Also, making your bedroom a relaxing sleep sanctuary can help. Dim the lights, leave the TV (and your phone!) off, and diffuse some essential oils that give off a calming scent, like lavender. You could also listen to a guided sleep meditation before you close your eyes, to help you relax a bit more. I find, if I’m thinking about all my to-dos or stressors, it’s a good idea to write everything down before going to bed. That way I have a list to look back on, but don’t have to dwell on it before bed.
Tricks to Eat Better after a Bad Night of Sleep
Simply being aware of the fact that sleep can lead to poor food choices might help you second guess reaching for fried foods or bigger portions. Drinking more water and staying hydrated will also help curb hunger that could lead to reaching for extra snacks and not-so-nourishing foods.
Of course, there’s always room for indulgences and foods you love, just consider why you’re reaching for sweets or continuously munching to help you figure out if you’re actually hungry or just eating to try to boost energy. It will actually be more beneficial if you opt for nutrient-rich and filling foods for a pick-me-up, rather than things like tons of coffee (which could lead to a crash) or potato chips.
When I don’t get enough sleep at night, I prefer a nourishing breakfast, like a smoothie. I also have a few go-to recipes for energizing snacks. Here are some of my favorites:
Another note: Research actually shows that the foods you eat during the day can affect how you sleep at night. In particular, the Mediterranean diet was shown to improve sleep (5).
Sleep Problems and Diet: The Takeaway
Getting poor sleep every once in a while is pretty unavoidable, so don’t get down on yourself if it happens. Simply commit to aiming for that seven to eight hours every night, and doing your best to get to bed early, without distractions before hitting the pillow. If you chronically can’t sleep and it’s affecting your daily life, it might be time to talk to your doctor about it, to see if there’s an underlying problem.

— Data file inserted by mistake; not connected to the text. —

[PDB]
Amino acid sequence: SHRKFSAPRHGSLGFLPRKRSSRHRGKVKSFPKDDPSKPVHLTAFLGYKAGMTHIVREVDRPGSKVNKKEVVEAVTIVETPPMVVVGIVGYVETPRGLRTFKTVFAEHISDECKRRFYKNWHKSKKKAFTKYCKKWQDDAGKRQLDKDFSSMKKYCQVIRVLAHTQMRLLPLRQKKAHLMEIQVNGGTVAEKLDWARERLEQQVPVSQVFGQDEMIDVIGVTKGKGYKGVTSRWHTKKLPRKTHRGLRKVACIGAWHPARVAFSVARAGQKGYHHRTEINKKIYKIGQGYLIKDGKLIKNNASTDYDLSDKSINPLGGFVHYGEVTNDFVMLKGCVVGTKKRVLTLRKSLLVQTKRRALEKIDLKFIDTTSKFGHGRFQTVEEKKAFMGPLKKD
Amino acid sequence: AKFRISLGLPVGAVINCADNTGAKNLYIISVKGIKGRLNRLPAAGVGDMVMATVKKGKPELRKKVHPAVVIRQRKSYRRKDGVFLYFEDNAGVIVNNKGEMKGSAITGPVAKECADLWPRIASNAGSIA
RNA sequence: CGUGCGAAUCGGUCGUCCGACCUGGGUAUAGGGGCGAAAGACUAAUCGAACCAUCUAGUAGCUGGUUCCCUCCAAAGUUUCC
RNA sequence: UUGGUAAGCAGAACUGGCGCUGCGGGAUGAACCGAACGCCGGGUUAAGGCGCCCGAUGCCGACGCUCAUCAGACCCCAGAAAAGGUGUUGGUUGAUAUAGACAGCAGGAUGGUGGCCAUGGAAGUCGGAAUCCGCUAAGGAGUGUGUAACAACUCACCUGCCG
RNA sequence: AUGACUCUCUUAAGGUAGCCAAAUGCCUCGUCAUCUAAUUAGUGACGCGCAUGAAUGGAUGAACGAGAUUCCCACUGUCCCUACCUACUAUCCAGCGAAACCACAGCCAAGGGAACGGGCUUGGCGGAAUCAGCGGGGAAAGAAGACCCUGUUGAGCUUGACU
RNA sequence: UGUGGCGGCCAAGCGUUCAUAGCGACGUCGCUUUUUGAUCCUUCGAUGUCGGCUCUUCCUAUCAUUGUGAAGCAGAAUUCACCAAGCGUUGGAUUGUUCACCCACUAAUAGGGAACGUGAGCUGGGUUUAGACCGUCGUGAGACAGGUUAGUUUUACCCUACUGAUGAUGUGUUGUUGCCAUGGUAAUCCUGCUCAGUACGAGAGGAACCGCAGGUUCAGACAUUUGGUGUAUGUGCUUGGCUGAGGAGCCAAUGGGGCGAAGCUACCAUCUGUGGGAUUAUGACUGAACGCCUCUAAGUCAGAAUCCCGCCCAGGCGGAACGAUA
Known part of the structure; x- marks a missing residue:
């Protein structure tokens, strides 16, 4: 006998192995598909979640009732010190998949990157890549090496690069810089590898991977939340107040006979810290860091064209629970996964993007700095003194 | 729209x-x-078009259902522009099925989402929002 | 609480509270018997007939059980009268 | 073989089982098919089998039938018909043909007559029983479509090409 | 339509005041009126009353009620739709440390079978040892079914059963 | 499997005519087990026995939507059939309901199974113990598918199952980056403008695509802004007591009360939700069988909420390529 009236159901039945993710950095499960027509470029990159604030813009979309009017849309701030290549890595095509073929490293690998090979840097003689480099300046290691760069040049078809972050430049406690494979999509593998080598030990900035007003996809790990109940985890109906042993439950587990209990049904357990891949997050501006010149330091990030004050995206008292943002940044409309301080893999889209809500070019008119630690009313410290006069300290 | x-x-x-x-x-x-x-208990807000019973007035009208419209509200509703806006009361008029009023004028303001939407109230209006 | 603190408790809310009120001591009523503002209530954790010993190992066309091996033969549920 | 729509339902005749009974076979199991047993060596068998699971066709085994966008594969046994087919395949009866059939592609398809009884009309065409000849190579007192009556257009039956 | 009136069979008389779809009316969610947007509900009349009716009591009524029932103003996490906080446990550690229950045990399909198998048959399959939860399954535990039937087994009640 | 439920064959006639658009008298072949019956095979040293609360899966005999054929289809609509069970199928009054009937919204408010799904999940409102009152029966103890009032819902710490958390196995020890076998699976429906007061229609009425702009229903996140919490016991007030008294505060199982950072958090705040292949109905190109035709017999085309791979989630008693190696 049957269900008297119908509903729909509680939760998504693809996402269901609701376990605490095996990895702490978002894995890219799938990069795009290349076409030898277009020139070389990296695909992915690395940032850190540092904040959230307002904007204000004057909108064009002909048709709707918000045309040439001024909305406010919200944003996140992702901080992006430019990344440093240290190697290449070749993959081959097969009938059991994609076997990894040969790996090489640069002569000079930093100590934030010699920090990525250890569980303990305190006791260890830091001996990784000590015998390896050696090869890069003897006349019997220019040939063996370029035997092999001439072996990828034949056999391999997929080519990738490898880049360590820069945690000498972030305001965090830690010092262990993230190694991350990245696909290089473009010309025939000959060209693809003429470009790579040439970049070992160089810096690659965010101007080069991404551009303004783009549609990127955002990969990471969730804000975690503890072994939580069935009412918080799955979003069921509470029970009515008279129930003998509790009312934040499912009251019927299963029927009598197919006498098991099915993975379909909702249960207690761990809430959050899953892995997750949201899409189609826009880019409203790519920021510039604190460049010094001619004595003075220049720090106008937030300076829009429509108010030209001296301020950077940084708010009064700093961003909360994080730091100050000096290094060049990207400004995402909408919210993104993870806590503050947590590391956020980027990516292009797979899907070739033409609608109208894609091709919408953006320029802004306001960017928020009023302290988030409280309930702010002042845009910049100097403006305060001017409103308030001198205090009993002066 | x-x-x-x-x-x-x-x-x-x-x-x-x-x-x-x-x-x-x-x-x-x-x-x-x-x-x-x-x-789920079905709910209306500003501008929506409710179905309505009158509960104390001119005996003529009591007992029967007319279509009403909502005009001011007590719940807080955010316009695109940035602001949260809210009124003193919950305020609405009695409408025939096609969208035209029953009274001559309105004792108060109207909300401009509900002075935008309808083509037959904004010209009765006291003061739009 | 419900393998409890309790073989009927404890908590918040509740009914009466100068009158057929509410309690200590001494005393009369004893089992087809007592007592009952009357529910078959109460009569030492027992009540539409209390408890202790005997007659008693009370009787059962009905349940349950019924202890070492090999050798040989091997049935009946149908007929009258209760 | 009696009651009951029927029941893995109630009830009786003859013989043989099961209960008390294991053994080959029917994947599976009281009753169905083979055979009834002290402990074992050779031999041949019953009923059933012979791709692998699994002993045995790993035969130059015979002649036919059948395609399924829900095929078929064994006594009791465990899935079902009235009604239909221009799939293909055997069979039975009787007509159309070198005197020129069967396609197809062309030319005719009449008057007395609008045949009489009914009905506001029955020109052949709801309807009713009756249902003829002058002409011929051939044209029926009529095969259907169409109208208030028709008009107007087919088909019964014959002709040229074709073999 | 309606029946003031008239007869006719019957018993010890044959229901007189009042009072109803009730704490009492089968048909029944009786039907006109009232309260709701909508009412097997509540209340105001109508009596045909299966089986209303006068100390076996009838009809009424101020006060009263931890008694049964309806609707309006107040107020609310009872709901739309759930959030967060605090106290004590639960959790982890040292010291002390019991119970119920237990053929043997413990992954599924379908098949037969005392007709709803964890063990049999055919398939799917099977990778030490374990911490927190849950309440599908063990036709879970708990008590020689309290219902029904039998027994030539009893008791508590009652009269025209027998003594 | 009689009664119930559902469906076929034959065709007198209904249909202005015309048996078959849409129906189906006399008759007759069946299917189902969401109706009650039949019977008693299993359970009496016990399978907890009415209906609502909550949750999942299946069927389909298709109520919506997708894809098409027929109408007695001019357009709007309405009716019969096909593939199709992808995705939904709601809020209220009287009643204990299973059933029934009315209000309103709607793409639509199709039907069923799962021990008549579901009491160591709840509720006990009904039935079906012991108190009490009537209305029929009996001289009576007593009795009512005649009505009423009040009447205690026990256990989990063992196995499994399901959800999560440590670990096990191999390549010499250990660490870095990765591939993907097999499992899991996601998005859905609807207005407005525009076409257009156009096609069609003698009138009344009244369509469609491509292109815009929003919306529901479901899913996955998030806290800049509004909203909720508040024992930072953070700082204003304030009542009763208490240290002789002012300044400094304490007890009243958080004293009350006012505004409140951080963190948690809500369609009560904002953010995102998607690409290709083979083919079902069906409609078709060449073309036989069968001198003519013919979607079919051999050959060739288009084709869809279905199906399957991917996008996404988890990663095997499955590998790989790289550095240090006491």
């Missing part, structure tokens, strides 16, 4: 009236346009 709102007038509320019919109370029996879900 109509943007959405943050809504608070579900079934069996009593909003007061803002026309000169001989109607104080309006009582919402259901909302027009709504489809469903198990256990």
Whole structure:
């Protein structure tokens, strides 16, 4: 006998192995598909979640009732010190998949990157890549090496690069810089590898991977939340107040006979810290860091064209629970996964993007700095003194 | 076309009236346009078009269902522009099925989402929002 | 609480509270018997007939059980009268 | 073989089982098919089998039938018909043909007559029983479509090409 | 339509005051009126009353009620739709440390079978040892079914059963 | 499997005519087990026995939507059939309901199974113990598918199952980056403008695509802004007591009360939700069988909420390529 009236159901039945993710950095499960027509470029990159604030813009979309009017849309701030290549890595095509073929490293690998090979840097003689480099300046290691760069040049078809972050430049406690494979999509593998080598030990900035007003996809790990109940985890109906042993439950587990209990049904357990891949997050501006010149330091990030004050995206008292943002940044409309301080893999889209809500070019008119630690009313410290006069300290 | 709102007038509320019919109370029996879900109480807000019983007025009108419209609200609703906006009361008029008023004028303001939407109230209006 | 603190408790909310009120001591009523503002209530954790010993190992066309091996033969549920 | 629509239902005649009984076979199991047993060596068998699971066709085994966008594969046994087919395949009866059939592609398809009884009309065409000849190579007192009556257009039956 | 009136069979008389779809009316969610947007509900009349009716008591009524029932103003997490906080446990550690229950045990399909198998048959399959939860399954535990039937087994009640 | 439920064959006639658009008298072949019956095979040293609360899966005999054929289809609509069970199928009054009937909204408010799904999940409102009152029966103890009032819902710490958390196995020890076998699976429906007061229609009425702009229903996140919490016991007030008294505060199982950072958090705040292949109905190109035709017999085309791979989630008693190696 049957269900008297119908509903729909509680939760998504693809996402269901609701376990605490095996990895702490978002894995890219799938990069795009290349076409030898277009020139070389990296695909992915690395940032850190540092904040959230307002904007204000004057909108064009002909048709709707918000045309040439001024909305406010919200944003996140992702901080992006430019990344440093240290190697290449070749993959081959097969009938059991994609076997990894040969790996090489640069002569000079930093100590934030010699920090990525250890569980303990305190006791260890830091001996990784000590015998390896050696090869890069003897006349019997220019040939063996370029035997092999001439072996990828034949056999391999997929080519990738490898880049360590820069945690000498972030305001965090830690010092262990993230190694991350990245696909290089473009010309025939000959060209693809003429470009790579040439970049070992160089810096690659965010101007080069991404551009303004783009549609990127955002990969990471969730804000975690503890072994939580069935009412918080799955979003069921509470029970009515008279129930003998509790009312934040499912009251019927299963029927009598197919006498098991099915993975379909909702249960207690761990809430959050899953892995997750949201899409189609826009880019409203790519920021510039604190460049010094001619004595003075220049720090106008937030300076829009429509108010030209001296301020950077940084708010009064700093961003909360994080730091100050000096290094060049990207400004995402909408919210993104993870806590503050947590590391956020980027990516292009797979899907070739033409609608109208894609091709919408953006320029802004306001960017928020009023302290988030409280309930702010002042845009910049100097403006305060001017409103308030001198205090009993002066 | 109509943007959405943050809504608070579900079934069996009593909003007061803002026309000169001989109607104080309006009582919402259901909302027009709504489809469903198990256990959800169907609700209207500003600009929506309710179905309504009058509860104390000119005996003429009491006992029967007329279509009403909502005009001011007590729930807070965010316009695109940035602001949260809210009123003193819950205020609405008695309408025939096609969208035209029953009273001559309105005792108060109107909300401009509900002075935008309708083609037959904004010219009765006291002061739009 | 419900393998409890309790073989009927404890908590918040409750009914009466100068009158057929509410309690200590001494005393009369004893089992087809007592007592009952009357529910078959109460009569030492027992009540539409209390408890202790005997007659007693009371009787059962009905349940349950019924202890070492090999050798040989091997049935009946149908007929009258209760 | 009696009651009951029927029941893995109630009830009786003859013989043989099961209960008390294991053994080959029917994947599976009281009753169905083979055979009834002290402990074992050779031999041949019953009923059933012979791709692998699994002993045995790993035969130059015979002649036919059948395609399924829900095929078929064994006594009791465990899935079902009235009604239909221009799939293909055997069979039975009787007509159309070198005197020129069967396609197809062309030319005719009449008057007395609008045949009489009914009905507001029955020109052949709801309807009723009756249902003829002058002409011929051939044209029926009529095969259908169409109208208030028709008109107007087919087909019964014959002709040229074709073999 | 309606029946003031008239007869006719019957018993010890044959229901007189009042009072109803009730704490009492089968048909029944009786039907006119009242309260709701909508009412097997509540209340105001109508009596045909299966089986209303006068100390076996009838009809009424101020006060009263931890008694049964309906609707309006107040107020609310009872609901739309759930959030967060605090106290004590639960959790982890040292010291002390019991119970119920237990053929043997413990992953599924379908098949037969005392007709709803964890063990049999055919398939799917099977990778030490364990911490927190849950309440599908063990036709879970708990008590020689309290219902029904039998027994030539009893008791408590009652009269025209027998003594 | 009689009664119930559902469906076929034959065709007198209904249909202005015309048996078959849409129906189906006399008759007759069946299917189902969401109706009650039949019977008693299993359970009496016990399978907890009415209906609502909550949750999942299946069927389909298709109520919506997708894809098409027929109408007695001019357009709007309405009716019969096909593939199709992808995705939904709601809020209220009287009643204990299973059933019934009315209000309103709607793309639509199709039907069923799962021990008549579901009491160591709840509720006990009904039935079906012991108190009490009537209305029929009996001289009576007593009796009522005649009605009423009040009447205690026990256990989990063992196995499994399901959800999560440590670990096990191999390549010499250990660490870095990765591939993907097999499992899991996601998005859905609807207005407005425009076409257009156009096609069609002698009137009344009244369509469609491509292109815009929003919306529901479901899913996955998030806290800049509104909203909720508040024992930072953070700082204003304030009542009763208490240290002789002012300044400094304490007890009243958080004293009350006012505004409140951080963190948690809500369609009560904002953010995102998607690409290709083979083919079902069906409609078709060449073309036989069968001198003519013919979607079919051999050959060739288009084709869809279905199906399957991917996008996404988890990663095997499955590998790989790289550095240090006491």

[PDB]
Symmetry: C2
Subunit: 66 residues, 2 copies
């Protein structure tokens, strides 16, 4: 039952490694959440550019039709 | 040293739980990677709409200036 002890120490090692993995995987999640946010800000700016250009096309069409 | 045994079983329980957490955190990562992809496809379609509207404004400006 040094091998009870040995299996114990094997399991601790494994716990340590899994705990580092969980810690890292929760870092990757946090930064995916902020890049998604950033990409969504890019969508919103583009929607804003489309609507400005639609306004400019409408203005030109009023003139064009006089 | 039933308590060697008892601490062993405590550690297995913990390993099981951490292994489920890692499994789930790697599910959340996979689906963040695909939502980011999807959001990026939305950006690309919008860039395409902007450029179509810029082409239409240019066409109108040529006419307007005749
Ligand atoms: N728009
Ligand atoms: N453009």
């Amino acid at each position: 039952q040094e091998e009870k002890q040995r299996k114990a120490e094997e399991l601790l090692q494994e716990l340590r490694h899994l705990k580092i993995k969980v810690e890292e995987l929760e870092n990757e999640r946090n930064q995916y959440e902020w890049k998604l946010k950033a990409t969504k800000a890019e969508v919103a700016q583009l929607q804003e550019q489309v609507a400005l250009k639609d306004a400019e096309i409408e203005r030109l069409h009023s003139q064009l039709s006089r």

Also, it’s OK to snack and reach for foods that make you feel good after not sleeping well, even if that means they’re sugar-filled or calorie-laden. You just want to make sure you’re conscious of your diet decisions and making choices that will nourish your body and help you feel energized, mentally and physically.
Do you have any tricks for getting more sleep? Do you notice a difference in your diet the day after a poor night of sleep? Let’s discuss! I want to hear about your tricks and triumphs below, or share on social media using #nutritionstripped.
- University of Arizona Health Sciences. (2018, June.) Sleep loss linked to nighttime snacking, junk food cravings, obesity, diabetes.
- Jean-PhilippeChaput. (2014, July.) Sleep patterns, diet quality and energy balance.
Fabiloga Tatone-Takuda, Lise Dubois, Timothy Ramsay, Manon Girard, Evelyne Touchette, Dominique Petit, Jacques Y. Montplaisir. (2011, December). Sex differences in the association between sleep duration, diet and body mass index: a birth cohort study.
Jiunn-Horng Kang and Shih-Ching Chen. (2009, July.) Effects of an irregular bedtime schedule on sleep quality, daytime sleepiness, and fatigue among university students in Taiwan.